Tracee Ellis is that girl. She’s an entrepreneur, a hilariously entrancing actress, and a style icon serving looks for days. Is there anything that she can’t do? Apparently not. She can do it all, including lending her voice to nature documentaries. ( Yes, Morgan Freeman, you better watch your back!)
Growing Up Animal is the newest Disney+ series from National Geographic. The series gives an intimate insight into the journeys of animal mothers and their babies as they learn to exist in the world outside the womb. Each episode respectively focuses on six iconic animals—grizzlies, sea lions, elephants, African wild dogs, chimpanzees, and lions.
Animals are some of the most complex beings on Earth. They communicate and build community amongst themselves and interact with one another in a way that mirrors empathy while prioritizing community.
Tracee Ellis Ross sat down with EBONY to give us the lowdown on her experience working on Growing Up Animal, sharing spoiler alerts from her favorite moments of the project, and the biggest lessons we can learn from our animal friends.
EBONY: We know you for your dynamic work in shows that are now iconic Black cult classics such as Girlfriends and Black-ish. What propelled you to take on this project and voice the narration of Growing Up Animal?
Tracee Ellis Ross: The truth is I’ve always loved animals and nature shows. The National Geographic shows are really extraordinary and I grew up watching them. My brother watches them all the time and we talk about them all the time. I’m a lover of nature and animals, and it just felt like such a perfect and beautiful thing to lend myself to in a time when we need this kind of content. We are so inundated with just so much stuff and to be brought back to the simplicity of motherhood, of the animal kingdom of Nature, and to see it so beautifully portrayed allows us to remember and be reminded that we are also interconnected. We are interconnected in how we mother and what that looks like, and also, how their lives affect ours and we affect theirs. I just was really, really excited to do this. It was as exciting as I thought it would be. Being able to see the advanced footage and to ask questions allowed me to learn so many things. I just loved watching it and I think people will like it as well. It’s something you can watch with your family and you can watch with your kids. I think it’s a wonderful way for kids to identify what motherhood is with something other than themselves. It’s such a beautiful piece and I’m happy to be a part of it.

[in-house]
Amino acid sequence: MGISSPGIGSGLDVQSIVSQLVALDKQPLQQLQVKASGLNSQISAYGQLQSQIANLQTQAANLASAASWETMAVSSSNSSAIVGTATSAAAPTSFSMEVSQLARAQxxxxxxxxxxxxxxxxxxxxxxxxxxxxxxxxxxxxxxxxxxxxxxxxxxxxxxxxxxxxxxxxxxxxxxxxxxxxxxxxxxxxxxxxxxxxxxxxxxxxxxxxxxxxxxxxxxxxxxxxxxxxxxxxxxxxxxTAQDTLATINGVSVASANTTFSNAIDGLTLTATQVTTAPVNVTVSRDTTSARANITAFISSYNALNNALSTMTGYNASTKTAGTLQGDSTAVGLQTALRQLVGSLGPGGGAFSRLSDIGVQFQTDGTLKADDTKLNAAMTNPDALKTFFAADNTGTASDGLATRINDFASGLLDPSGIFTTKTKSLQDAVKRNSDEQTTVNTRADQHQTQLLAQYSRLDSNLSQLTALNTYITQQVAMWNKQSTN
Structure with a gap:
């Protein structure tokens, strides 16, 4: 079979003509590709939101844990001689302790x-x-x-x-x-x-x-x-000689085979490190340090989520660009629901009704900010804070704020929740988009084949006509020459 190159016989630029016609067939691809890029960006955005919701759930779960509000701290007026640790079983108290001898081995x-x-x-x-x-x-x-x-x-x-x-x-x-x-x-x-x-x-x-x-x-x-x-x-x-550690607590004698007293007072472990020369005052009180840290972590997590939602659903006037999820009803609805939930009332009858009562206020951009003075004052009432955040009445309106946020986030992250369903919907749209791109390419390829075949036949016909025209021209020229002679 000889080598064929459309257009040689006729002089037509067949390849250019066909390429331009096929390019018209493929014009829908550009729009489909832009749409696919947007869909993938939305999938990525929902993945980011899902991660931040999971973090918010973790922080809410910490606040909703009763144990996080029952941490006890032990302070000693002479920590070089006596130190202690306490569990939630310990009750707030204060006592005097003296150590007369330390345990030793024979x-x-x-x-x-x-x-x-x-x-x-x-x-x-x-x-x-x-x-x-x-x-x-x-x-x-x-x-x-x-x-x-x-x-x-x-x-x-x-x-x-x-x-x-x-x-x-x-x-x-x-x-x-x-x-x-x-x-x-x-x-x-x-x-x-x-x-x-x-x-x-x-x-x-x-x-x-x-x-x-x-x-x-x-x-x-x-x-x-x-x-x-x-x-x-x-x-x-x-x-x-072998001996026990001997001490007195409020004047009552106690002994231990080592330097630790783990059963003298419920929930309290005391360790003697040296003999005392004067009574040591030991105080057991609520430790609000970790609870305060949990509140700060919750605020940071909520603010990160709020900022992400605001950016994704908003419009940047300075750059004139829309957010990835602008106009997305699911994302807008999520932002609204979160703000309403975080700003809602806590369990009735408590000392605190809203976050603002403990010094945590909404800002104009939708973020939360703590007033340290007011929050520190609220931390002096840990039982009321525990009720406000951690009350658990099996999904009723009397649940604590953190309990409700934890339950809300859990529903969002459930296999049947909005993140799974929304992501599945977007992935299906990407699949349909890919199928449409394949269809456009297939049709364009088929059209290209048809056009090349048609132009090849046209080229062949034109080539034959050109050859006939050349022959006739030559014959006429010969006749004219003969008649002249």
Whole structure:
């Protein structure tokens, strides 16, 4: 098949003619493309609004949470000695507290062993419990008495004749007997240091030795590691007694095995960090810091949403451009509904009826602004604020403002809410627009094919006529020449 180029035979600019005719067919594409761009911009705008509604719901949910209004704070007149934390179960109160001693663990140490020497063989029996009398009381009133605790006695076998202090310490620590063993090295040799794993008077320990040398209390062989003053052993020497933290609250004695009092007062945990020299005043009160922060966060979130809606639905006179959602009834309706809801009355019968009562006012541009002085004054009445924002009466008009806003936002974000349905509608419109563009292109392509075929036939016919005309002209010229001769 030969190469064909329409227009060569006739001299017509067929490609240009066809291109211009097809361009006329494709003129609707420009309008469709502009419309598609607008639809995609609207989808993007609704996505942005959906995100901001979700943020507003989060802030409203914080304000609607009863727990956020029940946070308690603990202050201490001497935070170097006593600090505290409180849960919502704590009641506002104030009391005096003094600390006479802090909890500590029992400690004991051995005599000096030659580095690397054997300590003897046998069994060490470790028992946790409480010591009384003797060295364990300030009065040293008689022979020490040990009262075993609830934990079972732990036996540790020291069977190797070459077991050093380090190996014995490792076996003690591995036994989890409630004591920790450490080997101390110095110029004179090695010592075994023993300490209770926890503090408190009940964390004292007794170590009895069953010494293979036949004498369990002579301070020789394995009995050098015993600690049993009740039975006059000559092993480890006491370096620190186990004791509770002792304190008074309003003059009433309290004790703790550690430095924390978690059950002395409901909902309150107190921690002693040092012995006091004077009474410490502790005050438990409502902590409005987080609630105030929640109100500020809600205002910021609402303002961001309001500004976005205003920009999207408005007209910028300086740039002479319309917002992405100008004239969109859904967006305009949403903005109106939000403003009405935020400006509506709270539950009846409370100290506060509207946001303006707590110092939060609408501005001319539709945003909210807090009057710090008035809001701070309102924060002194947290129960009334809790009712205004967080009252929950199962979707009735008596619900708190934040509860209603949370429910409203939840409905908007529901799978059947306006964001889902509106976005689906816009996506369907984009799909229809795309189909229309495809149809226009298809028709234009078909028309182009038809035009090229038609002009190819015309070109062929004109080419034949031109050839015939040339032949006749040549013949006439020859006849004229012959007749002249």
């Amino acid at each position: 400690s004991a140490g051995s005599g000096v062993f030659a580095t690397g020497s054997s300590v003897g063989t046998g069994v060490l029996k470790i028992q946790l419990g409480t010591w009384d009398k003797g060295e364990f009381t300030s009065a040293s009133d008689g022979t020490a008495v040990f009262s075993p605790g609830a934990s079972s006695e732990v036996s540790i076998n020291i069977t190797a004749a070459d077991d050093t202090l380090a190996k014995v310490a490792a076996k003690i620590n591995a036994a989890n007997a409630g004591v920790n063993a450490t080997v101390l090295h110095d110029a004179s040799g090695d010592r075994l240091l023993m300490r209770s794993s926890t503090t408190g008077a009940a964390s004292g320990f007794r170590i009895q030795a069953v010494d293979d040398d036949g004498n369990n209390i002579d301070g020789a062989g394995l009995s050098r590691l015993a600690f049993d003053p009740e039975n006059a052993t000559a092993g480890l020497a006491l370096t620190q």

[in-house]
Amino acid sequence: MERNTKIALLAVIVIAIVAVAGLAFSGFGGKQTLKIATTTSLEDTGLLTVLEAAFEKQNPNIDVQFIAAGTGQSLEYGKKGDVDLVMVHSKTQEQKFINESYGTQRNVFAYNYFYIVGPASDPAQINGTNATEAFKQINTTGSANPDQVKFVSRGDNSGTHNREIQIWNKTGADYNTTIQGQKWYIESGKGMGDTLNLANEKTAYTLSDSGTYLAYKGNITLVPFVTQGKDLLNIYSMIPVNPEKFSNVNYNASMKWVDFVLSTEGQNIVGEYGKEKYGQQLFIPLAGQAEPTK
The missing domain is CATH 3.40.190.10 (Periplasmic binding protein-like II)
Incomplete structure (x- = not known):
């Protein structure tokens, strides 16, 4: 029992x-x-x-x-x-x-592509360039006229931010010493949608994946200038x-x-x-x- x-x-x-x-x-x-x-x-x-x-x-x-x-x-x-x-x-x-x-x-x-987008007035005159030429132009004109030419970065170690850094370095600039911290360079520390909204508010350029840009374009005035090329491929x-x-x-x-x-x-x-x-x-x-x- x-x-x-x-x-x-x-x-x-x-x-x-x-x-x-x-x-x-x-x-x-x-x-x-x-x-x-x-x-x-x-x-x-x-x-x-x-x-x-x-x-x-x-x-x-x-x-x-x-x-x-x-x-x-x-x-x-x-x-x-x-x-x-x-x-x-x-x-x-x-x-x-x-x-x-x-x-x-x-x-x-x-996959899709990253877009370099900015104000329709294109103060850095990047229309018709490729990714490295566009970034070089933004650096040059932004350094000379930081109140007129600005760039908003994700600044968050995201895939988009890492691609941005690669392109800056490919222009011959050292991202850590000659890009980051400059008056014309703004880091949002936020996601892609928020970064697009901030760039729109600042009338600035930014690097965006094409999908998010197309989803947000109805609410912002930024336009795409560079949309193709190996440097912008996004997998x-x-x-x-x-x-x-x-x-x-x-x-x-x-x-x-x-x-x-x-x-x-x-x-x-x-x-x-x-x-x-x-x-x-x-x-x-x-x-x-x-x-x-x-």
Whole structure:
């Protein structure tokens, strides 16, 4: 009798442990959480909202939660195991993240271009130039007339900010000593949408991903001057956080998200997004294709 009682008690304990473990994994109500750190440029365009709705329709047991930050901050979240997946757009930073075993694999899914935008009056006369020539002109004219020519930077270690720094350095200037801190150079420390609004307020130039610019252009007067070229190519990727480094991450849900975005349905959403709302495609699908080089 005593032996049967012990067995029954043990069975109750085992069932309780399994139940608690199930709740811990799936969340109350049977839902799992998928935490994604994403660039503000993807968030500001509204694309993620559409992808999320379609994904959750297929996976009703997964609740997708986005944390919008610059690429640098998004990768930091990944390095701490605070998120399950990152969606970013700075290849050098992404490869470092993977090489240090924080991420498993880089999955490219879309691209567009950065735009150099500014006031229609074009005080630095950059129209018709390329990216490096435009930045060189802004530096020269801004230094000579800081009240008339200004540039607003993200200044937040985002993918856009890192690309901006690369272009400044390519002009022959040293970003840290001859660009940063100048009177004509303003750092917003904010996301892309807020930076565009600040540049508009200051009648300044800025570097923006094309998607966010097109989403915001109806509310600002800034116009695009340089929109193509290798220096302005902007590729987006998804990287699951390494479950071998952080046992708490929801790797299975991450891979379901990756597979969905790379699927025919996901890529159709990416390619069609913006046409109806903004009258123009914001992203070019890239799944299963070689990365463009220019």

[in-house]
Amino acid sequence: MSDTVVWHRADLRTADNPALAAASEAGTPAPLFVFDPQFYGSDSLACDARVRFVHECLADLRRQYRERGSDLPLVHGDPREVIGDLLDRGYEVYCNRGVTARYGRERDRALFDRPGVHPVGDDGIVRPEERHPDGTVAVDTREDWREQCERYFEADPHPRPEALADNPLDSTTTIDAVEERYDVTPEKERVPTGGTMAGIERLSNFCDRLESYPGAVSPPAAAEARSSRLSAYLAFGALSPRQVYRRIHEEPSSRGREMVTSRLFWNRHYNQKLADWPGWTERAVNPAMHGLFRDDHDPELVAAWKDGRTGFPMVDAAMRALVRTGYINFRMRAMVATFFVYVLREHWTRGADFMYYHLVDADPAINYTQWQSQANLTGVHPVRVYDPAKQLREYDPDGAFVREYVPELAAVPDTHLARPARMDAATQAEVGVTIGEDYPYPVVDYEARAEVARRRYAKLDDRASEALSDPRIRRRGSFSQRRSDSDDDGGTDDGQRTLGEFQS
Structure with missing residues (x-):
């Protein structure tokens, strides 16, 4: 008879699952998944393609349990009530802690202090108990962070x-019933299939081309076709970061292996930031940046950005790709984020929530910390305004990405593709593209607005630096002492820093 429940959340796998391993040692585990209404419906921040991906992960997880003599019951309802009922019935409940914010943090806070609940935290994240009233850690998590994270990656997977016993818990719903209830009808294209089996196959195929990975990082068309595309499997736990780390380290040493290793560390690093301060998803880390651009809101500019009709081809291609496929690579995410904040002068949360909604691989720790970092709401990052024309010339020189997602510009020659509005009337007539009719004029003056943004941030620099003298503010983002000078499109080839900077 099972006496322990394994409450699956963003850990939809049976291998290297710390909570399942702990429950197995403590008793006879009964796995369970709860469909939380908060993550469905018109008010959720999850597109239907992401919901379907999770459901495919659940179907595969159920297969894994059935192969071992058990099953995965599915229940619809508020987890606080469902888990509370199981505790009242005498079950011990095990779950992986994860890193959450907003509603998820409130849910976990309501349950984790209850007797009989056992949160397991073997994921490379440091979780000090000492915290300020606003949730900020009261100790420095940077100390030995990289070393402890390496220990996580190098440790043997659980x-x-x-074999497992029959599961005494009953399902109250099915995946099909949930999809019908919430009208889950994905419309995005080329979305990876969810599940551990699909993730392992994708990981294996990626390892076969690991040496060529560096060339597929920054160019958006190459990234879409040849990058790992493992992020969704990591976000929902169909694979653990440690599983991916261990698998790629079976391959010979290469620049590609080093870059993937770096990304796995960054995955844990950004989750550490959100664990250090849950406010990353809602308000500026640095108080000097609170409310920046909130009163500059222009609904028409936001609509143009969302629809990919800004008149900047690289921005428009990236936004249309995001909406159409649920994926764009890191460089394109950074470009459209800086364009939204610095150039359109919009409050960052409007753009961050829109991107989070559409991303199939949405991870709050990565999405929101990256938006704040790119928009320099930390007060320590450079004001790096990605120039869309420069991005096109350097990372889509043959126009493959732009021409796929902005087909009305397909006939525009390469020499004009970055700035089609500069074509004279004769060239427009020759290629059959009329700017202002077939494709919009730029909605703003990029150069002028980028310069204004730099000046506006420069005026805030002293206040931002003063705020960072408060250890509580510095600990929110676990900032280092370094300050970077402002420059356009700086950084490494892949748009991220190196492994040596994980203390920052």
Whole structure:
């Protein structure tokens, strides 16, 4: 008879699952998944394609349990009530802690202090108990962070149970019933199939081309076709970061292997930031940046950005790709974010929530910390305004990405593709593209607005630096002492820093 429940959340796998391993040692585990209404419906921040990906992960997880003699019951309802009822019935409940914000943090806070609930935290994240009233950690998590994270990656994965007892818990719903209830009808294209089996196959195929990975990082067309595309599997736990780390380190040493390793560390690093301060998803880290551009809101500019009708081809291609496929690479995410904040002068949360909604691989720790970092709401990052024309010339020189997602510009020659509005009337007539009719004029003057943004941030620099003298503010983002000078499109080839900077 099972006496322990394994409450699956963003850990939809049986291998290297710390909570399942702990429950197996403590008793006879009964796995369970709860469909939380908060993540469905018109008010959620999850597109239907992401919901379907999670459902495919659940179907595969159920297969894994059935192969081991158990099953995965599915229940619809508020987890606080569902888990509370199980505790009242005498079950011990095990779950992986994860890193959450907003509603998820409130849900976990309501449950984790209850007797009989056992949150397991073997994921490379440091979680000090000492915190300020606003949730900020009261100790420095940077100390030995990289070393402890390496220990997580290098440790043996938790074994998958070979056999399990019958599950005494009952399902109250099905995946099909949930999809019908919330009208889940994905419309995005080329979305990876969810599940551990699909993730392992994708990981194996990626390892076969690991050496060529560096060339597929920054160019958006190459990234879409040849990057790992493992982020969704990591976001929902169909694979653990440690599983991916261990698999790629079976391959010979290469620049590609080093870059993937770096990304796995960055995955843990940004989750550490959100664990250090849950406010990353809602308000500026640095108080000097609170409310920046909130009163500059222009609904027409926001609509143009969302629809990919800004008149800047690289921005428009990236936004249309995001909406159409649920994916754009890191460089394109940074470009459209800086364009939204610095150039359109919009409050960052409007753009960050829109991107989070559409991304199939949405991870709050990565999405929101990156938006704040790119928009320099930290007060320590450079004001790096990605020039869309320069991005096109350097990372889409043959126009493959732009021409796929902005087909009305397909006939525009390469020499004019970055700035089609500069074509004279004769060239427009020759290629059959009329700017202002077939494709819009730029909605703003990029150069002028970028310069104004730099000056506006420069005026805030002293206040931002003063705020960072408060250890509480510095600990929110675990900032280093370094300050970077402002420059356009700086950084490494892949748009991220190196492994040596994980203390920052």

Did you have any favorite animals from the series?
Oh my goodness, I really loved the elephants and I really love the grizzlies…oh, and the lion as well! I was really kind of amazed by some of the hierarchical stuff with the lions. Those would be my top three but I thought there was something in each of them—especially when the dramatic moments came in. What’s funny is that when we were doing the recording, most of them I was able to watch in advance. The lion one we got in late and I had to watch it while we were doing the narration. When that moment when they were trying to cross the river, I was like, “oh my God, oh my God, oh my God. Does he get across?” (laughs) This allowed me to just take in nature, life, and the animals. You couldn’t write anything that dramatic so beautifully.
With issues such as environmental justice and climate change returning to the front of public consciousness, especially within the Black community, how can folks learn to empathize with these animals and their journeys through watching the show?